One of the challenges small companies need to tackle when they considering engaging in open innovation is getting employees up to speed on the skills that are required to be part of an open innovation team. These include skills in collaboration, team building and communication.
Depending on how a small company operates, people are often asked to tackle problem solving on their own rather than engaging in team efforts. So opportunities may be far and few between for building the skills that will make people effective as part of an open innovation team.
One solution to this problem could be to ask your people to try working as experts or solution providers on teams at open innovation intermediaries such as IdeaConnection and to some extent by InnoCentive.
IdeaConnection goes through a big process in creating its teams, partly by crowdsourcing, by software, by profile, by self-selection , by member and facilitator input and by IdeaConnection personal. These teams are also facilitated by IdeaConnection moderators. You can also form teams at InnoCentive, but here you are asked to form and run them yourself.
This gives people who are used to working in isolation the opportunity to join with others to solve innovation challenges posed by companies who are willing to offer rewards to have experts from around the world tackle really hard problems.
Time is, of course, a key concern, but perhaps we can think of this as learning by doing and as an alternative to participating in a conference or a training program. Joining with peers around the world who are tackling a challenge means you’re learning not just about open innovation but also about dealing with issues of diversity.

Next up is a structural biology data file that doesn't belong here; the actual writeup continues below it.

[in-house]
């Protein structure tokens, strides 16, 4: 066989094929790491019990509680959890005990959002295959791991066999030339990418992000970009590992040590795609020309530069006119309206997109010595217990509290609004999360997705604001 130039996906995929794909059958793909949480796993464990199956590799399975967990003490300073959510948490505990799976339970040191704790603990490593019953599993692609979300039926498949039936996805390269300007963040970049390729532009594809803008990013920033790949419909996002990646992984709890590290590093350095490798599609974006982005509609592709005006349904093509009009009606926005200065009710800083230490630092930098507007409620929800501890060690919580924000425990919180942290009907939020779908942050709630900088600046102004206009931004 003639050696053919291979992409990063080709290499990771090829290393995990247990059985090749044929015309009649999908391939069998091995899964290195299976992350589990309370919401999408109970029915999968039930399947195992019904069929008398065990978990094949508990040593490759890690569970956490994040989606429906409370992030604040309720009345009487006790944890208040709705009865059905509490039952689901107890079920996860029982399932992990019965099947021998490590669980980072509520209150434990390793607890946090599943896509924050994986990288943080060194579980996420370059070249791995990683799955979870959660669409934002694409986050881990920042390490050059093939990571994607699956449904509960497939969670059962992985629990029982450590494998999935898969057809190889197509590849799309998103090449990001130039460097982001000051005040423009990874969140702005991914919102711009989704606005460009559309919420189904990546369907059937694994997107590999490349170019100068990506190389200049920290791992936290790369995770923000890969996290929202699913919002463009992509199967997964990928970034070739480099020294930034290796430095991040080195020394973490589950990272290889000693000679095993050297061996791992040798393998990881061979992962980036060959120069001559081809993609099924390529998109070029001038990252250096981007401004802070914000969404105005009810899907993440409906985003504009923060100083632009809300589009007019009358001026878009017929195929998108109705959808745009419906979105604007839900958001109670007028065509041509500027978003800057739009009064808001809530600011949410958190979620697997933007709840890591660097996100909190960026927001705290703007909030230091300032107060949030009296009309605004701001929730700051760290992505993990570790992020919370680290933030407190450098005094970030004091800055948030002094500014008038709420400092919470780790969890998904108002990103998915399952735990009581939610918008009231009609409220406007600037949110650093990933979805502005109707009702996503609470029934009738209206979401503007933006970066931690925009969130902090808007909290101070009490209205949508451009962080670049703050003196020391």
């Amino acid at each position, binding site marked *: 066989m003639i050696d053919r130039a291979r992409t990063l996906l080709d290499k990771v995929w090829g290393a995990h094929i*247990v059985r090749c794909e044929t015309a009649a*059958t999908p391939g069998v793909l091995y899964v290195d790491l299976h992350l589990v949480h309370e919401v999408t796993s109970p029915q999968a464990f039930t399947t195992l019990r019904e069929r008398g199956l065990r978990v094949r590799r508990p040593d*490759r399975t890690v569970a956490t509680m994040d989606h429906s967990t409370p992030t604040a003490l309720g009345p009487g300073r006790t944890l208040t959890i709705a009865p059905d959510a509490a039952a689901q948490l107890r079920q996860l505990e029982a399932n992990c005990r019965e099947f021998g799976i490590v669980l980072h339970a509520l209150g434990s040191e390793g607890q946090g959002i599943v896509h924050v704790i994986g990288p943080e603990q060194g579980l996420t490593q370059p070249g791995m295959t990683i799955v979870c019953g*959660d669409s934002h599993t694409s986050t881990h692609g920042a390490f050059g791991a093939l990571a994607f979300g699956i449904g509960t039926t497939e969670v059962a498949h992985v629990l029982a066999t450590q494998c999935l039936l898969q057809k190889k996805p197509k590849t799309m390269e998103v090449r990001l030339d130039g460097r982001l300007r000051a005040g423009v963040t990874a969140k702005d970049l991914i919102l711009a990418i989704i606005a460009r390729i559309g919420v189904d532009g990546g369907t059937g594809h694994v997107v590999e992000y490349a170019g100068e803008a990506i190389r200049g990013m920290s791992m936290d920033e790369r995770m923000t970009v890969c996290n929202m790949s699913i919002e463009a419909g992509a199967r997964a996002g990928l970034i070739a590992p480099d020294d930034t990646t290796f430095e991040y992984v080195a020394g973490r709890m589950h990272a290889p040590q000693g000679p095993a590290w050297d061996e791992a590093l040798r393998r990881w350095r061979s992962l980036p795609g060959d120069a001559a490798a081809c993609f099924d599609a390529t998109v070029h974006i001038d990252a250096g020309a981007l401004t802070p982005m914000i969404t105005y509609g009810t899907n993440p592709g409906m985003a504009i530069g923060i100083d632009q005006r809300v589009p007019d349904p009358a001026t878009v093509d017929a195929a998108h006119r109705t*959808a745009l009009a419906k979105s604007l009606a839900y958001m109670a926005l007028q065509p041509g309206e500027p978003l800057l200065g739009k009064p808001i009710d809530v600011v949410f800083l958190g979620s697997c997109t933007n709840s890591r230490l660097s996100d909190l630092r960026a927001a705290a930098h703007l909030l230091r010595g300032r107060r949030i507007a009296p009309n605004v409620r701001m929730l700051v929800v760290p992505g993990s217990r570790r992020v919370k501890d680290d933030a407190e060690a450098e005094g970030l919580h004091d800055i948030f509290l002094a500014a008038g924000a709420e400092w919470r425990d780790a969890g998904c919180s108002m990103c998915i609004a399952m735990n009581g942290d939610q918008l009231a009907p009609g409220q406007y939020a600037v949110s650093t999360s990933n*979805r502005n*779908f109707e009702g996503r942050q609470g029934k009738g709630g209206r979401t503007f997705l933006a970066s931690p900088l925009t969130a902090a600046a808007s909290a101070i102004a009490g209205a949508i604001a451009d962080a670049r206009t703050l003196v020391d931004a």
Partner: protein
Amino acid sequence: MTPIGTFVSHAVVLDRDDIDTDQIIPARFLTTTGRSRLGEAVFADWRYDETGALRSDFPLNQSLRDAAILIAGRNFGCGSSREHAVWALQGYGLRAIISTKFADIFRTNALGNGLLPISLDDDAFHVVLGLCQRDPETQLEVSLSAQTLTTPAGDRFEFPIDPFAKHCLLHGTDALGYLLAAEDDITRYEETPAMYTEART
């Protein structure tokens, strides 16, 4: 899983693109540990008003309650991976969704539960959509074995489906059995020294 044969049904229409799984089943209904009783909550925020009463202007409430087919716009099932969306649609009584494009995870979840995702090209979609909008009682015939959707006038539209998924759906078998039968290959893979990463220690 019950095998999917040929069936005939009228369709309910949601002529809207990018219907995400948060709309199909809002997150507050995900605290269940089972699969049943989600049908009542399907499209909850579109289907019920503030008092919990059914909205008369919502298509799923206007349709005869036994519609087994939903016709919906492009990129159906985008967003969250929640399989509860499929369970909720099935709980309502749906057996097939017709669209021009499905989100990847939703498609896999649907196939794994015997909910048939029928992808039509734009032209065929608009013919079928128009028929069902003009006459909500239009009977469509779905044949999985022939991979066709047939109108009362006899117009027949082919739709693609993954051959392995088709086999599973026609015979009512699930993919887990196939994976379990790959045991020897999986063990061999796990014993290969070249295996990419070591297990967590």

Being able to deal with diversity is a key skill that small company employees need to build before venturing in the world of open innovation but often it’s not something they have much of a chance to tackle in their daily work lives. In addition, the exposure to different styles of thinking can also be something that such engagement offers that isn’t always readily available within a small organization.
There’s another potential important benefit here as well. If a small company employee happens to have success with a challenge they work on through one of the intermediaries, this will likely generate enthusiasm for adopting open innovation within your organization.
So consider introducing these intermediaries to your employees. Then support their engagement with challenges, knowing that they are learning valuable skills that will, in the long run, support your company’s open innovation efforts.
The smart reader already knows that a smart management team not only starts something like this, they also have an end-goal in mind – make their company a key player in relevant ecosystems – and thus they try to find challenges that are as relevant to the company as possible.
Stefan Lindegaard is a speaker, network facilitator and strategic advisor who focus on the topics of open innovation, intrapreneurship and how to identify and develop the people who drive innovation